The number of cloud inquiries from outsourcing clients continues to grow quickly. Many clients want to know how they can cut costs, reduce deployment time or tap into new capabilities that they struggle to implement with their traditional on-premises platforms. As expected, many of these inquiries focus on brand-name public cloud players like Amazon Web Services, Workday and Microsoft Online Services.
When talking with customers, the first question I usually ask is, “What does your deployment model look like today?” I have found that the clients that outsource more services will generally have a tougher time adopting public cloud services than clients that outsource less.
There’s a pretty simple reason why. When clients outsource, they typically source a good amount of the “arms and legs” capability needed to execute technology-related change. This change could be anything from patching an operating system to designing a new security architecture. While shifting capability to a provider works well in outsourcing, it often breaks down in a cloud deployment model.
The public cloud, in general, requires buyers to do more of the work. This is one of the key reasons many public cloud services have such attractive pricing. A significant portion of the labor component of the service – which is typically one of the most expensive parts of any service – is passed to the buyer (note: this pricing discrepancy is more pronounced in infrastructure services than software services).
Take a look at the tables below. The first shows a fairly typical journey for an IT organization that has not yet embraced sourcing. They generally start with everything on premises, then move to a co-location deployment model when they are looking for a more robust data center capability. They then realize they want out of the hardware business altogether and begin migrating services to the cloud:
In this model, responsibility is continually shifting from the client to the provider as more workloads move to the public cloud. Responsibility does not move from the provider back to the client.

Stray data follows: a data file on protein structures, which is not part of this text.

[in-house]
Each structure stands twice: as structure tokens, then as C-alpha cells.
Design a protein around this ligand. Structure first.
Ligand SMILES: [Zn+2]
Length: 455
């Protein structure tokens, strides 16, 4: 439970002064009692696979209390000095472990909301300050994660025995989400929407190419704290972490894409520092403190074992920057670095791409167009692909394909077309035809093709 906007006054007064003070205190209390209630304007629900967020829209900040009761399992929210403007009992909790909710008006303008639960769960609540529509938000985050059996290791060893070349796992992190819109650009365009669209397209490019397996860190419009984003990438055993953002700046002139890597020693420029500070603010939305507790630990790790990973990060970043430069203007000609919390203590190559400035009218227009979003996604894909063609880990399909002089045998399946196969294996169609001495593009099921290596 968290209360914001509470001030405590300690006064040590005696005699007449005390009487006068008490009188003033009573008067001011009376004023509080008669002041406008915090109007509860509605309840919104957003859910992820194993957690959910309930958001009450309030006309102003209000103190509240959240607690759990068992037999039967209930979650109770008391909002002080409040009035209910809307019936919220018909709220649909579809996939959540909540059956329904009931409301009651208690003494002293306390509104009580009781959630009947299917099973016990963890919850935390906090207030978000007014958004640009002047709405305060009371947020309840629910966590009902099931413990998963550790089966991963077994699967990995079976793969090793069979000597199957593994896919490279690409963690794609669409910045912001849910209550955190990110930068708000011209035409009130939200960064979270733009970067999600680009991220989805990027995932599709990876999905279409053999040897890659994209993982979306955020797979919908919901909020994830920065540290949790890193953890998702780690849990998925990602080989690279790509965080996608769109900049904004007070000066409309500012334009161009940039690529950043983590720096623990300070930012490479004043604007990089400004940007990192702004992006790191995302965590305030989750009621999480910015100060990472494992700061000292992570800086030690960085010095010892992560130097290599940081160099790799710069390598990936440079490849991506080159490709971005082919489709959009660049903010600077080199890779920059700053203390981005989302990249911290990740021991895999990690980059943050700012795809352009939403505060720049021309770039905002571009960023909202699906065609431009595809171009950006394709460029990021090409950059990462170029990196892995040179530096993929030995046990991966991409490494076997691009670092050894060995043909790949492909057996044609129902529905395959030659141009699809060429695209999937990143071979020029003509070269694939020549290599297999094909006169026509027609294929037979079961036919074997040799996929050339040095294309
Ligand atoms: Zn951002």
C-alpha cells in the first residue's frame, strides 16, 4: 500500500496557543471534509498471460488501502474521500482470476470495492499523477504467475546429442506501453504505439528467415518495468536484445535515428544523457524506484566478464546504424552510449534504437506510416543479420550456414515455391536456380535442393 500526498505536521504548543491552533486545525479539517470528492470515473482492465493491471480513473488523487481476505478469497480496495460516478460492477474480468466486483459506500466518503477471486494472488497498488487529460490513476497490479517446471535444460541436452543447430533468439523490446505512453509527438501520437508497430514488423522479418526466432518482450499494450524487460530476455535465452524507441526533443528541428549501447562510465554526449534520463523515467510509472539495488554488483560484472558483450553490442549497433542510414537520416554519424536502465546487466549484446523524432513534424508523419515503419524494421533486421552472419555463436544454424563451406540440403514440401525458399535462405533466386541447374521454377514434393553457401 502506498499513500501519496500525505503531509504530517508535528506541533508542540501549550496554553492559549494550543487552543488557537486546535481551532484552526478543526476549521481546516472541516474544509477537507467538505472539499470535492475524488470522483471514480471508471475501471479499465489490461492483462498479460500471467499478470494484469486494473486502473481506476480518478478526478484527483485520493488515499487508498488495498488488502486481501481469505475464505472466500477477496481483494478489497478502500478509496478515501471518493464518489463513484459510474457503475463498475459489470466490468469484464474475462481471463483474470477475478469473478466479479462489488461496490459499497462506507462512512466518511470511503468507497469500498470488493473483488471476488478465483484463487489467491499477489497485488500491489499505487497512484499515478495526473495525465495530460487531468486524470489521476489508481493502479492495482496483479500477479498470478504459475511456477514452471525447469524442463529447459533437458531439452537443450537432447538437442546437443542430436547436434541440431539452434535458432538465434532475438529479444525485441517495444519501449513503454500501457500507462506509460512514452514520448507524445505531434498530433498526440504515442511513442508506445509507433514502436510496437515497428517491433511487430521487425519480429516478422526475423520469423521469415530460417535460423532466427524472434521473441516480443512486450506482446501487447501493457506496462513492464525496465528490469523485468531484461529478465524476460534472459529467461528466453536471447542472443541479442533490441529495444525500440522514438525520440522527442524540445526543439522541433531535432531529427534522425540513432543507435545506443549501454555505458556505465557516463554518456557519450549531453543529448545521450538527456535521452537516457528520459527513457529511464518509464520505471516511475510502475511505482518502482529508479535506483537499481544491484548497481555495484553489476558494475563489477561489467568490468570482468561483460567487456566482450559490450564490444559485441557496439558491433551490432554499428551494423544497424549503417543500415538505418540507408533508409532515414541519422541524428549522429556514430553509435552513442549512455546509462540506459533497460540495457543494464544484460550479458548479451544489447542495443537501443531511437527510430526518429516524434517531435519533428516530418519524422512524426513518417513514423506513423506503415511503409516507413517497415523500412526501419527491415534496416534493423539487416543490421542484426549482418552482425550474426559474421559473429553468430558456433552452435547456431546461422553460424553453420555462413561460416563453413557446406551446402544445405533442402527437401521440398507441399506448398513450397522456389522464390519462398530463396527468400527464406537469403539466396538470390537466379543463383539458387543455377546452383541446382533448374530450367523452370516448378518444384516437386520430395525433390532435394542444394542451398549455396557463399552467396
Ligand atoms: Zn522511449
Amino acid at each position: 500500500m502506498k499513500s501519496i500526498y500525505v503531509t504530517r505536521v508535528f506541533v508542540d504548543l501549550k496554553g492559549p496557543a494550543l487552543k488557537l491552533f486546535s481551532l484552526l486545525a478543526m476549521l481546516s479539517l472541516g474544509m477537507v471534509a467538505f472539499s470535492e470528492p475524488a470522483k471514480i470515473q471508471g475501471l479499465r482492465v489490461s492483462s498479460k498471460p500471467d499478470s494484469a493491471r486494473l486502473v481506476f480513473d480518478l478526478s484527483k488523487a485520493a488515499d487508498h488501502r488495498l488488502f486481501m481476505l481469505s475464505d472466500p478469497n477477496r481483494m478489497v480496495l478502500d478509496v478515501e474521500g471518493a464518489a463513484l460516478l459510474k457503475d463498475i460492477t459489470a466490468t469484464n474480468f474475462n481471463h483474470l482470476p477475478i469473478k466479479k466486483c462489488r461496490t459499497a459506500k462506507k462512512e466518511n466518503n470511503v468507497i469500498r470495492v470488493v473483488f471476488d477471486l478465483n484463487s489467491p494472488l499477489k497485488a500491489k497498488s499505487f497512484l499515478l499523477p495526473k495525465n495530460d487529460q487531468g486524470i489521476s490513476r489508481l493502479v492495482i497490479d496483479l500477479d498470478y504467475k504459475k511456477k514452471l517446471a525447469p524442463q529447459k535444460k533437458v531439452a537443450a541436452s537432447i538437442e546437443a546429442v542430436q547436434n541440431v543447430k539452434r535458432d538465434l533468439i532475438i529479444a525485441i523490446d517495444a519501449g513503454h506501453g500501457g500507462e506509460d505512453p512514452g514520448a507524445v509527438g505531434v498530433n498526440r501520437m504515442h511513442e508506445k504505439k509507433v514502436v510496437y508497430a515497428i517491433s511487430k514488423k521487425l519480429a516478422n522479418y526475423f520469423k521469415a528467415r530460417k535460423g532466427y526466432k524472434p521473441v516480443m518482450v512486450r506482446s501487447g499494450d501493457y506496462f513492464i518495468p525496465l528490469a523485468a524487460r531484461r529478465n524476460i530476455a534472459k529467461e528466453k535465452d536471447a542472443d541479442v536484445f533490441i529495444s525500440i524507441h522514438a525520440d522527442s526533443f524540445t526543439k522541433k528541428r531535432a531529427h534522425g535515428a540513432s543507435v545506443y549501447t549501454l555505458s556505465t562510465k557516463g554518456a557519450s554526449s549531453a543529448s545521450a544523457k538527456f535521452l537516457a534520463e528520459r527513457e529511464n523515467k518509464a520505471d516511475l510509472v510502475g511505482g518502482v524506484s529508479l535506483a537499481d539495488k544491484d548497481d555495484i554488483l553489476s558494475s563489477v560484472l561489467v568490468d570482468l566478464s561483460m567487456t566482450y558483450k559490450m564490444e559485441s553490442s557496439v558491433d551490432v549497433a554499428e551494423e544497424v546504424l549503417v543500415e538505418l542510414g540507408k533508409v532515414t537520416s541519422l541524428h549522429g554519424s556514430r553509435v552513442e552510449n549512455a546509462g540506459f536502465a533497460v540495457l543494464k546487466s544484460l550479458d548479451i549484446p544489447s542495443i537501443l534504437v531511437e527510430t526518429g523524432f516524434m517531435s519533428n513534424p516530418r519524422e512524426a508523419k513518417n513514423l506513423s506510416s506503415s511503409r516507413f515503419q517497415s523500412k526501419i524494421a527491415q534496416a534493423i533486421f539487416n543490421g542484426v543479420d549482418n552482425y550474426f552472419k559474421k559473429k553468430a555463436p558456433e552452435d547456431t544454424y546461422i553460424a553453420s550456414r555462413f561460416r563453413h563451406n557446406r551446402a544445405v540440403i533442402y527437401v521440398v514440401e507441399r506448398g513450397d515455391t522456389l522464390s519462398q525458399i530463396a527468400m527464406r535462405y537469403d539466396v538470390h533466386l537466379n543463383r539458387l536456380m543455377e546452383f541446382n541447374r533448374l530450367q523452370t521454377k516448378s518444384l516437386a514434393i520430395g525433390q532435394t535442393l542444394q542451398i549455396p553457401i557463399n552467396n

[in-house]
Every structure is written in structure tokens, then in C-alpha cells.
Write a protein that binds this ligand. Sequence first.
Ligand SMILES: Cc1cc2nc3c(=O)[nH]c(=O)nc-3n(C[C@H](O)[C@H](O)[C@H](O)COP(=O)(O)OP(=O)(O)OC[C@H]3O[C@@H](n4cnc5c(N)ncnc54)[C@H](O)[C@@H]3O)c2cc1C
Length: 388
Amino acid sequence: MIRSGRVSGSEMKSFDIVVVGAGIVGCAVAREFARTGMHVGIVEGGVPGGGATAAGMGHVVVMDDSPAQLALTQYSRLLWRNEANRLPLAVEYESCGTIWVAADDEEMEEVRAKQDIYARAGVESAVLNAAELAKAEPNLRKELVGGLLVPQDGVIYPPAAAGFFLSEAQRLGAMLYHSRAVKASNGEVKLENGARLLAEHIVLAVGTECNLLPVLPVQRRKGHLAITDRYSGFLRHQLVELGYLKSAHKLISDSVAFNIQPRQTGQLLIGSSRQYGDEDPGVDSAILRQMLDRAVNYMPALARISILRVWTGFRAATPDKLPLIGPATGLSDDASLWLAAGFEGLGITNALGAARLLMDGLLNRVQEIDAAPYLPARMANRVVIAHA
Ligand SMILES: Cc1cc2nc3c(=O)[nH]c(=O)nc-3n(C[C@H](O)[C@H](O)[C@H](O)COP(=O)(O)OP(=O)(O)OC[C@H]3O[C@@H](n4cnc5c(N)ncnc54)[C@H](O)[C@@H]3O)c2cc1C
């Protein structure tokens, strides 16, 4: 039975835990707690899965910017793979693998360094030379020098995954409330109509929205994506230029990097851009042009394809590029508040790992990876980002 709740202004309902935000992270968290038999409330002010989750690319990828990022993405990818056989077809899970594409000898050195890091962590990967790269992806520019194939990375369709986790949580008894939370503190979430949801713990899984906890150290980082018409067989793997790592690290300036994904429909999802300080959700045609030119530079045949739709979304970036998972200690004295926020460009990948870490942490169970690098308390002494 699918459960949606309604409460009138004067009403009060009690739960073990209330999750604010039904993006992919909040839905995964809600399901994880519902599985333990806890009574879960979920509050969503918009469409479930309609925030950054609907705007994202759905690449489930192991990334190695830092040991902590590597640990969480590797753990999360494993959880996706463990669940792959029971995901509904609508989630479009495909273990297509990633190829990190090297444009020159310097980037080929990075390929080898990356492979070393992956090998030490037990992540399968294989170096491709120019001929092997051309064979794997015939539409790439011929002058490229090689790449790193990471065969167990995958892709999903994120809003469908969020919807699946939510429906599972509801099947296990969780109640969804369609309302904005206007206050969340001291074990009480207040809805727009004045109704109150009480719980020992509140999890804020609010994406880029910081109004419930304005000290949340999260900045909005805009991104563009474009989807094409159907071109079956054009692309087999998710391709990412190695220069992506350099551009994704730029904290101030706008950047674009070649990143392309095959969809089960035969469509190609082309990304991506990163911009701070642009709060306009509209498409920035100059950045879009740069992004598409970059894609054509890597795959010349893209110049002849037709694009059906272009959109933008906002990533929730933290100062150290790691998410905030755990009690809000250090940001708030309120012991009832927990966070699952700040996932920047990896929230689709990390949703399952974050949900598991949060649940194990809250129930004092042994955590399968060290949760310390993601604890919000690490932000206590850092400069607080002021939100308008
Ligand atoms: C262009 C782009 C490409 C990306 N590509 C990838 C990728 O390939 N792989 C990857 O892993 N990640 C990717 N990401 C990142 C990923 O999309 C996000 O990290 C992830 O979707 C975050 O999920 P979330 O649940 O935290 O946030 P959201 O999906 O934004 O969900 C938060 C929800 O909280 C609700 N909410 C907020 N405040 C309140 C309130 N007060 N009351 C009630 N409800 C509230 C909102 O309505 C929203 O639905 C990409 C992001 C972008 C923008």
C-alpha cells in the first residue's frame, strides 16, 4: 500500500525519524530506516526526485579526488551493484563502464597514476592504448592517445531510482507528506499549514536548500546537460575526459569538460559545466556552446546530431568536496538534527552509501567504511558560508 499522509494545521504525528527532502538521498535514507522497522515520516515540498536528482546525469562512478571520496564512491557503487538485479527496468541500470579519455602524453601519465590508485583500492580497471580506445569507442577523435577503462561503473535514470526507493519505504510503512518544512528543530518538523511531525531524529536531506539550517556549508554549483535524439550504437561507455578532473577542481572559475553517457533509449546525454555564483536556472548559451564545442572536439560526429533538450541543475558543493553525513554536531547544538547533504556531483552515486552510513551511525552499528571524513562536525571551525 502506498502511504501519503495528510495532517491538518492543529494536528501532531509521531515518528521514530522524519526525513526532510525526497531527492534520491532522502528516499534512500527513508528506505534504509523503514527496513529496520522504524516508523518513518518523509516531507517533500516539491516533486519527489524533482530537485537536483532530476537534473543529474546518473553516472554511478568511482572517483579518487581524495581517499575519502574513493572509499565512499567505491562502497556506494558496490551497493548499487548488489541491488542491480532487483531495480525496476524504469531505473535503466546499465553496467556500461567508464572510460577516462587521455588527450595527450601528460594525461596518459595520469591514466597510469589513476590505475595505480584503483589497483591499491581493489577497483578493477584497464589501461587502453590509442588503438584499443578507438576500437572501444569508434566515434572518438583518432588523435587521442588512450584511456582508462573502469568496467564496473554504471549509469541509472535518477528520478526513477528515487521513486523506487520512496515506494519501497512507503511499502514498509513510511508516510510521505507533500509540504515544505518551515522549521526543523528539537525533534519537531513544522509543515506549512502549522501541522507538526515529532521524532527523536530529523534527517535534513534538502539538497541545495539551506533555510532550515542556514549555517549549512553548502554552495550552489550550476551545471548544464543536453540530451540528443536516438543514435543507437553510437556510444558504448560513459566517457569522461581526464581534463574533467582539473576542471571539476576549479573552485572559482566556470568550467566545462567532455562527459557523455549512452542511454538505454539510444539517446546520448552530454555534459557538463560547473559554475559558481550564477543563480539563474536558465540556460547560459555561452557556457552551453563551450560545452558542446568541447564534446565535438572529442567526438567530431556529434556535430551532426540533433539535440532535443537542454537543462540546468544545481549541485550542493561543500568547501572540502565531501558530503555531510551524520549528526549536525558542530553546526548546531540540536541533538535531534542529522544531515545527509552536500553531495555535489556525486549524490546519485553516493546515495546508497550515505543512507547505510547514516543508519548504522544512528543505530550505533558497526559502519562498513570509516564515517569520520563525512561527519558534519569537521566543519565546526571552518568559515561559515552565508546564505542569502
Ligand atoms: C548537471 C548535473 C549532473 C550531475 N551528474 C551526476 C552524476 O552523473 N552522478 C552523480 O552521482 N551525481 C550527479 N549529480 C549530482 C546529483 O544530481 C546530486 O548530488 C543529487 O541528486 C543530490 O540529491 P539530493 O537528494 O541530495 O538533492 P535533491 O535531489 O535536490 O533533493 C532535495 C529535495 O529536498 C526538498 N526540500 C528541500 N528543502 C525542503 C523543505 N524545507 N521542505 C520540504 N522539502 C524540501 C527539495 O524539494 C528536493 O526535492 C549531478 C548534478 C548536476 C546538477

Contrast this with a typical sourcing customer that has outsourced both infrastructure and ADM:
The orange boxes highlight the functions that are insourced when moving from an outsourcing model to a public cloud model. The challenge with this is that for many outsourcing customers, the capability to manage an operating system, architect security or configure applications lies with the outsourcing provider, not in-house. Therefore, many outsourcing customers are unable to adopt public cloud to the degree they’d like to, unless they want to make a change to their sourcing model.
Given that many customers have outsourced for cost savings in the first place, bringing on new headcount internally in order to stand up public cloud services is often not a viable financial (or political) option.
An alternative approach is to collaborate with your outsourcing partners to identify workloads that are appropriate for deployment to a public cloud. Many leading service providers are integrating hybrid-cloud orchestration layers into their services, which makes managing workloads, security and interfaces between private and public clouds easier. While this does mean that revenue moves away from the sourcing provider to the cloud provider, many leading providers are (somewhat reluctantly) embracing this reality, understanding that if they don’t work with customers to create hybrid environments today, they’ll not only lose individual workloads, they’ll lose the e ntire business tomorrow.
So, if you’re evaluating public cloud services, remember to look closely at your existing deployment model first. Public cloud shifts a significant amount of responsibility to you, the buyer, but can also provide some amazing benefits for the right workloads.
About the author
Stanton helps enterprise IT and sourcing leaders rationalize and capitalize on emerging technology opportunities in the context of the global sourcing industry. He brings extensive knowledge of today’s cloud and automation ecosystems, as well as other disruptive trends that are helping to shape and disrupt the business computing landscape. Stanton has been with ISG for more over a decade. During his tenure he has helped clients develop, negotiate and implement cloud infrastructure sourcing strategies, evaluate and select software-as-a-service platforms, identify and implement best-in-class service brokerage models, and assess how the emerging cloud master architecture can be leveraged for competitive advantage. Stanton has also guided a number of leading service providers in the development of next-generation cloud strategies. Stanton is a recognized industry expert, and has been quoted in CIO, Forbes and The Times of London. You can follow Stanton on Twitter: @stantonmjones.